In yesterday’s post, I covered some of the differences between the laundry lists of securities found in the California Corporate Securities Law of 1968 and the Securities Act of 1933. Both lists seem to contemplate instruments that are written. But what does it mean to be “written”? Before the advent of computers, email and electronics, the meaning of “written” may have been obvious. A writing was something tangible, words inked on paper or parchment, chiseled in stone or impressed into clay or wax tablets. Ball point pens being a modern invention, the word for cutting or scratching came to be the word for writing in most Indo-European languages, including English. Are electronic messages written?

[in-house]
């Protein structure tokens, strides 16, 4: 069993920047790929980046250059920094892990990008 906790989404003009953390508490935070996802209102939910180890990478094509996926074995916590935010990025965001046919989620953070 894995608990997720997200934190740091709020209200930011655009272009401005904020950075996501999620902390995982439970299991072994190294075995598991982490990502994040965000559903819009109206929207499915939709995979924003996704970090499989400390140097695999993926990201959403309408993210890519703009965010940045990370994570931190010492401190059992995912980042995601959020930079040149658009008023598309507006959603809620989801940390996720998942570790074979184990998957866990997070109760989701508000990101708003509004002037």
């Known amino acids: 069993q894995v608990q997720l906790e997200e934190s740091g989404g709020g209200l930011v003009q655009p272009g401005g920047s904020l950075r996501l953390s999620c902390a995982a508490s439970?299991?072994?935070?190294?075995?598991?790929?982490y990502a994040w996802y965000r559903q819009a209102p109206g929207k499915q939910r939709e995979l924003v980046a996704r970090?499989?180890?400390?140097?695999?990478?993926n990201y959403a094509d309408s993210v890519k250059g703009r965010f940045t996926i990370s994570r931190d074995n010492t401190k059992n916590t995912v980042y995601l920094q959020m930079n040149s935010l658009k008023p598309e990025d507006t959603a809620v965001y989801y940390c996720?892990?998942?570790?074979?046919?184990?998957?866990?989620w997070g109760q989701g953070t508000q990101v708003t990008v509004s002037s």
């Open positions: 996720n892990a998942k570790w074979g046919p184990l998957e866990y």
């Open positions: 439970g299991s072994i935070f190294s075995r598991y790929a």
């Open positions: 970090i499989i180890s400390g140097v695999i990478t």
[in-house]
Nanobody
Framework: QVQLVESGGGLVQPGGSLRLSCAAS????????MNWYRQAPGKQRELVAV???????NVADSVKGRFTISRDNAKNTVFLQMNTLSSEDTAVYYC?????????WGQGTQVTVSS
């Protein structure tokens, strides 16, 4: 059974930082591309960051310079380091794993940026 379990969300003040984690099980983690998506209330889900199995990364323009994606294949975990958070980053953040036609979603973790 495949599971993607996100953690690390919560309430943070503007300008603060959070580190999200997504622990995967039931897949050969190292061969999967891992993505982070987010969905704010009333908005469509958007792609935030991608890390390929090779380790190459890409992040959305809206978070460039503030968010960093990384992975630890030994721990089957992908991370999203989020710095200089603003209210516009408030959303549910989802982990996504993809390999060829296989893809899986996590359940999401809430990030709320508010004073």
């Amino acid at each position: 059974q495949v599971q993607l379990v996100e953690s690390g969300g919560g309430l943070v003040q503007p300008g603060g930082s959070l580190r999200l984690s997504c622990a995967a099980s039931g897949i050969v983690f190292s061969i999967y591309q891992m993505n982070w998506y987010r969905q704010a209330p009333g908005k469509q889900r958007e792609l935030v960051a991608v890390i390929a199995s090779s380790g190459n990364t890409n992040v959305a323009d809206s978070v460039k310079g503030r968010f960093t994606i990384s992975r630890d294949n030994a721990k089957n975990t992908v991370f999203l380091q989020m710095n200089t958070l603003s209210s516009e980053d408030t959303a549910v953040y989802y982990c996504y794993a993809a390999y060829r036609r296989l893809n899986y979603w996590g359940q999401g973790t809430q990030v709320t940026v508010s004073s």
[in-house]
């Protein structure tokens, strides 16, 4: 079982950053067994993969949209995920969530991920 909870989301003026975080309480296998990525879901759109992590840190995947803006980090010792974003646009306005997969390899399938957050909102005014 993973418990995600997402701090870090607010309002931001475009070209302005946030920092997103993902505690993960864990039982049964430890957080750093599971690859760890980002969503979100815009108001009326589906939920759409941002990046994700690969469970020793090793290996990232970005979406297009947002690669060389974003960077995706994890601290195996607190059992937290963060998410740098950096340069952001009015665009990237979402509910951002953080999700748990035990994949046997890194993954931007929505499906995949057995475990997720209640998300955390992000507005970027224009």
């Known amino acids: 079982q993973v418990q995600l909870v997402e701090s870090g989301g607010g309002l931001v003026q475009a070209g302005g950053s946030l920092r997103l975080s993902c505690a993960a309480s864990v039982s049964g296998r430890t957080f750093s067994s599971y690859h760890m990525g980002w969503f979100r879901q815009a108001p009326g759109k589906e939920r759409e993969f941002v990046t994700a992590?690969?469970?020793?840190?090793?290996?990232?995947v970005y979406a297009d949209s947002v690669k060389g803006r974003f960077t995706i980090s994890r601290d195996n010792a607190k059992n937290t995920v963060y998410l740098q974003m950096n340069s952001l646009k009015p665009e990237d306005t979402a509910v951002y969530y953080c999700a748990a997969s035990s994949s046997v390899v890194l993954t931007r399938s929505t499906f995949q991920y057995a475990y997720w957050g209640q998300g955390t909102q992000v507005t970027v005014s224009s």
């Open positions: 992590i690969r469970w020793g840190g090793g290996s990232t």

Section 8 of the California Corporations Code would say “yes” so long as those messages are capable of comprehension by “ordinary visual means”. Emails and text messages should generally be considered “written” under this definition. A voice-mail message, on the other hand, normally would not.
Whether an instrument is in writing is of no moment under California’s definition of a “security” because California’s list ends with the following sentence:
All of the foregoing are securities whether or not evidenced by a written document.
Cal. Corp. Code § 25019.